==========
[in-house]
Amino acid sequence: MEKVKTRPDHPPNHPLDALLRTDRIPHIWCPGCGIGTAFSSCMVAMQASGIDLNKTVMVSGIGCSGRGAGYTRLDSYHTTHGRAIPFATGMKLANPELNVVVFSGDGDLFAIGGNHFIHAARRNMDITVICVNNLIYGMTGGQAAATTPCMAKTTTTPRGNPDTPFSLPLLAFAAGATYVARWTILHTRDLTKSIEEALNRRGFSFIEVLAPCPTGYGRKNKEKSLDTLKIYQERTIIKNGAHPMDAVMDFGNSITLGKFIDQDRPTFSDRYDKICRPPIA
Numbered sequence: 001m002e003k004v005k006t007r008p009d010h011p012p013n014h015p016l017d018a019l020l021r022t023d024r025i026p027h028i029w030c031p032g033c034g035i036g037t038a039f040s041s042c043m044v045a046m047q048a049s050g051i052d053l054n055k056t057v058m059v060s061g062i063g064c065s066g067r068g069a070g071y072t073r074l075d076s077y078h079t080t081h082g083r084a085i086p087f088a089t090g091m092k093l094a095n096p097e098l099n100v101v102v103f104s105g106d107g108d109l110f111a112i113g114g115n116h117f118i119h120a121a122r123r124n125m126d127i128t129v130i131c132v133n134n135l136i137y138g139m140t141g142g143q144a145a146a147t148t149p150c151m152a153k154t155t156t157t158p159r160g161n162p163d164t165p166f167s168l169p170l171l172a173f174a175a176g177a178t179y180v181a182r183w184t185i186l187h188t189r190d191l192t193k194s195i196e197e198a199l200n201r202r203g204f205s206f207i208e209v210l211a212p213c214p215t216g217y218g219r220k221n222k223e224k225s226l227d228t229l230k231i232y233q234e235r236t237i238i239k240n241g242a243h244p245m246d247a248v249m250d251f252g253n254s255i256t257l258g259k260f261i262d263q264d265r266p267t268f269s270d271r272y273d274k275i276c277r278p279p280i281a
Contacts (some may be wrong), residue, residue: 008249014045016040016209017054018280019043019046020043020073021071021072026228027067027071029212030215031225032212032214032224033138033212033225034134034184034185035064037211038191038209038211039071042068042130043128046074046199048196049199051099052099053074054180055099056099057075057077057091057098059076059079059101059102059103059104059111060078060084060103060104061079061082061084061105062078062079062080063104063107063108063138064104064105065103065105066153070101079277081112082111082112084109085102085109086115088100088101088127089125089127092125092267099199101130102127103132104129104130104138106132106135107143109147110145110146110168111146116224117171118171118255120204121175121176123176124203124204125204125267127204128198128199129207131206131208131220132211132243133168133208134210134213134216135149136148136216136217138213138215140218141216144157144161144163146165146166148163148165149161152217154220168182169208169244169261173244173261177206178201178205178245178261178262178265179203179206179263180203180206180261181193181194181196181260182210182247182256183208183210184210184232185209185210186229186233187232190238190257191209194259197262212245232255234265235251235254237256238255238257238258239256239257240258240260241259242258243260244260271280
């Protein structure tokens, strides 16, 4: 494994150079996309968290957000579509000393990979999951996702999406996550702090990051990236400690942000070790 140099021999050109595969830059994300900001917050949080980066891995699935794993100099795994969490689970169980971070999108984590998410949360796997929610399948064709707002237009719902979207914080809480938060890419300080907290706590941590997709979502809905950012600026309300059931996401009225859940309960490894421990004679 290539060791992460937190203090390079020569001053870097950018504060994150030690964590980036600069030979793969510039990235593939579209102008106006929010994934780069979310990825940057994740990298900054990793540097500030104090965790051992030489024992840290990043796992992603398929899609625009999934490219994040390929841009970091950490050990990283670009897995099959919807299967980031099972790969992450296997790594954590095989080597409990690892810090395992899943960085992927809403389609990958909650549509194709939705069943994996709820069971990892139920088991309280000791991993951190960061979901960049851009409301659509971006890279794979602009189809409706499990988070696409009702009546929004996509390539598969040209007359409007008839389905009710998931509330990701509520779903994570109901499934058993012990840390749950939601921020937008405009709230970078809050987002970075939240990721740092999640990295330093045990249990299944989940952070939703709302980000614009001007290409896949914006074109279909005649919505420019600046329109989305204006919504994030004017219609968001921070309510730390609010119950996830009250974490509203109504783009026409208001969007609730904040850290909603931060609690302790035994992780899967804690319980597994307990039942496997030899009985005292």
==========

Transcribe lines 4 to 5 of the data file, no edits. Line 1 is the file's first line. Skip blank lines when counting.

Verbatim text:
Contacts (some may be wrong), residue, residue: 008249014045016040016209017054018280019043019046020043020073021071021072026228027067027071029212030215031225032212032214032224033138033212033225034134034184034185035064037211038191038209038211039071042068042130043128046074046199048196049199051099052099053074054180055099056099057075057077057091057098059076059079059101059102059103059104059111060078060084060103060104061079061082061084061105062078062079062080063104063107063108063138064104064105065103065105066153070101079277081112082111082112084109085102085109086115088100088101088127089125089127092125092267099199101130102127103132104129104130104138106132106135107143109147110145110146110168111146116224117171118171118255120204121175121176123176124203124204125204125267127204128198128199129207131206131208131220132211132243133168133208134210134213134216135149136148136216136217138213138215140218141216144157144161144163146165146166148163148165149161152217154220168182169208169244169261173244173261177206178201178205178245178261178262178265179203179206179263180203180206180261181193181194181196181260182210182247182256183208183210184210184232185209185210186229186233187232190238190257191209194259197262212245232255234265235251235254237256238255238257238258239256239257240258240260241259242258243260244260271280
């Protein structure tokens, strides 16, 4: 494994150079996309968290957000579509000393990979999951996702999406996550702090990051990236400690942000070790 140099021999050109595969830059994300900001917050949080980066891995699935794993100099795994969490689970169980971070999108984590998410949360796997929610399948064709707002237009719902979207914080809480938060890419300080907290706590941590997709979502809905950012600026309300059931996401009225859940309960490894421990004679 290539060791992460937190203090390079020569001053870097950018504060994150030690964590980036600069030979793969510039990235593939579209102008106006929010994934780069979310990825940057994740990298900054990793540097500030104090965790051992030489024992840290990043796992992603398929899609625009999934490219994040390929841009970091950490050990990283670009897995099959919807299967980031099972790969992450296997790594954590095989080597409990690892810090395992899943960085992927809403389609990958909650549509194709939705069943994996709820069971990892139920088991309280000791991993951190960061979901960049851009409301659509971006890279794979602009189809409706499990988070696409009702009546929004996509390539598969040209007359409007008839389905009710998931509330990701509520779903994570109901499934058993012990840390749950939601921020937008405009709230970078809050987002970075939240990721740092999640990295330093045990249990299944989940952070939703709302980000614009001007290409896949914006074109279909005649919505420019600046329109989305204006919504994030004017219609968001921070309510730390609010119950996830009250974490509203109504783009026409208001969007609730904040850290909603931060609690302790035994992780899967804690319980597994307990039942496997030899009985005292």